NEW: The President's oldest son met with Hill staffers for more than five hours
Donald Trump Jr. met with a Russian lawyer in June 2016
Donald Trump Jr. told Senate judiciary committee staffers Thursday that he did not recall the details of White House involvement in the public response to his 2016 meeting with a Russian lawyer and did not know much about the Air Force One meeting that allegedly led to the production of the statement, sources told CNN.
Trump Jr. was explicitly asked whether he either took any of the Russian participants in the June 2016 Trump Tower meeting to see his father – now President Donald Trump – or whether he told his father about the meeting after, sources said. He insisted he did neither.
Asked why his father promised the next day that dirt was coming on Hillary Clinton, Trump Jr. told Senate staffers that’s just the way his father talks.
The President’s eldest son met with congressional investigators for more than five hours Thursday, but at least one member of the Senate judiciary committee is saying Trump Jr.’s interview is doing little to ease their concerns.
Following the meeting, Trump Jr. tweeted about his interview.
“I met with the Senate Judiciary Committee today. I am thankful for their professionalism and courtesy,” he tweeted.
Democratic Sen. Richard Blumenthal, who sat in on the meeting with committee staff, told CNN that Trump Jr. has not put concerns to rest and is opening up new lines of inquiry.
Trump Jr. reportedly told investigators that he set up a 2016 meeting with a Russian lawyer after being promised damaging information about Hillary Clinton because it was important to learn about her “fitness” to be President, according to a New York Times report about the conversation.
The eldest son of President Donald Trump said in a prepared statement that nothing came of the meeting at Trump Tower and that he did not collude with the Russian government campaign meddling operation, according to the Times, which obtained a copy of Trump Jr.’s statement.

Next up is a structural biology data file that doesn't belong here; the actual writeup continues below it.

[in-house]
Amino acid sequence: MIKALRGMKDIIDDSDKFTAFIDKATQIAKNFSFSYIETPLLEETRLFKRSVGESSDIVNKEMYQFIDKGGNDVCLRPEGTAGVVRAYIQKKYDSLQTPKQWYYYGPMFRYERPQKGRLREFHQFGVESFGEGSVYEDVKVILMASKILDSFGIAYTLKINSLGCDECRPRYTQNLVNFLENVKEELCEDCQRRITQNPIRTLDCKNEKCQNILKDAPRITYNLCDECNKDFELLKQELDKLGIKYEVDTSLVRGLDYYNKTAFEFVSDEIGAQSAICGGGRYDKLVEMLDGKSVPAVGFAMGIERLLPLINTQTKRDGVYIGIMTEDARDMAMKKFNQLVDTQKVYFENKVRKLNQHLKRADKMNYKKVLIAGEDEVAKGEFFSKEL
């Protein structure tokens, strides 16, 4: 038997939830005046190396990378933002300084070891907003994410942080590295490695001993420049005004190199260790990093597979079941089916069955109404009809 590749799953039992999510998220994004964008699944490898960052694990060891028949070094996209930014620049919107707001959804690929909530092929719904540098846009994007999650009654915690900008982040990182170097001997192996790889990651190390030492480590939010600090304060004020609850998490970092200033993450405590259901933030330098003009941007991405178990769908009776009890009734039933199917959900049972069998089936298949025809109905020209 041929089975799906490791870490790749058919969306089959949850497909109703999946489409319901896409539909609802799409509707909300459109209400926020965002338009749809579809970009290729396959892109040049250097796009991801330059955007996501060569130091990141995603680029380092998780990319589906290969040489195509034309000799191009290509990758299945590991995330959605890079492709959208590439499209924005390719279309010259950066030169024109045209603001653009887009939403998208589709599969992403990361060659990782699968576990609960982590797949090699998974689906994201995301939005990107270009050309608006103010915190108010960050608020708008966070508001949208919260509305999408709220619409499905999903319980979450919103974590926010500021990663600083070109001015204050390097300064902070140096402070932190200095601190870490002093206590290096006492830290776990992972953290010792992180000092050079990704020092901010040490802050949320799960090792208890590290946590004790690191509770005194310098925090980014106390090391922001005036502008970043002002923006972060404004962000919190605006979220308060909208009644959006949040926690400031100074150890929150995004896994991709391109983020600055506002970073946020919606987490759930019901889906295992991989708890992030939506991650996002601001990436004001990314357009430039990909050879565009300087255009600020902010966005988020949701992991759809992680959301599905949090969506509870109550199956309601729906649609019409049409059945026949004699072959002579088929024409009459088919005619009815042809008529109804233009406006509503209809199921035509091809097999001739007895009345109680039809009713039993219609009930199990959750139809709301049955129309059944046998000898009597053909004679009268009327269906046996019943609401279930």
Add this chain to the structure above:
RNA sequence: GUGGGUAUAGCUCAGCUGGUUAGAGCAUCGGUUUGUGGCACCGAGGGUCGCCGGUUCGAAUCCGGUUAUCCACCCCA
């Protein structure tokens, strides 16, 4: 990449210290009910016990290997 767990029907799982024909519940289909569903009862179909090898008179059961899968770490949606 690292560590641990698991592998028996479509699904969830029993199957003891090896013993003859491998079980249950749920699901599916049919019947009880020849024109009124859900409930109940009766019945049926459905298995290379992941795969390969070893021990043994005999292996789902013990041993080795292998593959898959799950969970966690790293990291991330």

Trump Jr.’s Thursday interview with the Senate judiciary committee staff could be the prelude for other full-scale public hearings focusing on his role as an unofficial campaign aide to his father.
Trump Jr. became a central figure in the Russia drama after it emerged that he had attended a meeting in June 2016 with a Russian lawyer with connections to the Kremlin after being promised information damaging to Hillary Clinton.
Trump Jr. initially said the lawyer, Natalia Veselnitskaya offered no meaningful information and had simply wanted to discuss a suspended Russia-US adoption program. But following more revelations about the meeting, he released emails that show he was told by a facilitator, publicist Rob Goldstone, that the encounter was part of “Russia and its government’s support for Mr Trump.”
The Senate intelligence committee has been the main panel in the chamber looking into the Russia matter, though the judiciary committee under GOP Chairman Chuck Grassley has intensified its focus in recent months.
RELATED: Russia cloud follows Donald Trump Jr. meeting on Capitol Hill Thursday
Grassley told CNN on Thursday that no final decision has been made on a public hearing for Trump Jr.
The Iowa Republican said he will make a decision after Thursday’s meeting and after discussing it with ranking member Sen. Dianne Feinstein.
Feinstein told CNN Wednesday there would be a public hearing with the President’s son “at an appropriate time” and that he would be subpoenaed if necessary.
Senate intelligence committee chairman Richard Burr, and the panel’s top Democrat, Mark Warner, privately met Wednesday and said that they’d like to talk to other attendees of the Trump Tower meeting before meeting with Trump Jr., which could push back the panel’s plans to hear from the President’s son this month.
Investigators are also likely to be interested in reports by The Washington Post that the President was involved in May in drafting a statement about the meeting on behalf of his son about the meeting, while flying home from the G20 summit in Germany.
The White House has said that Trump was involved in the drafting of an initial statement, but only in his capacity as a father and that there were no inaccuracies in the document.
But the reports immediately tweaked suspicions among Trump critics who believe the President has consistently sought to shut down investigations into the Russia drama, including with his firing of FBI Director James Comey.
CNN’s Stephen Collinson contributed to this report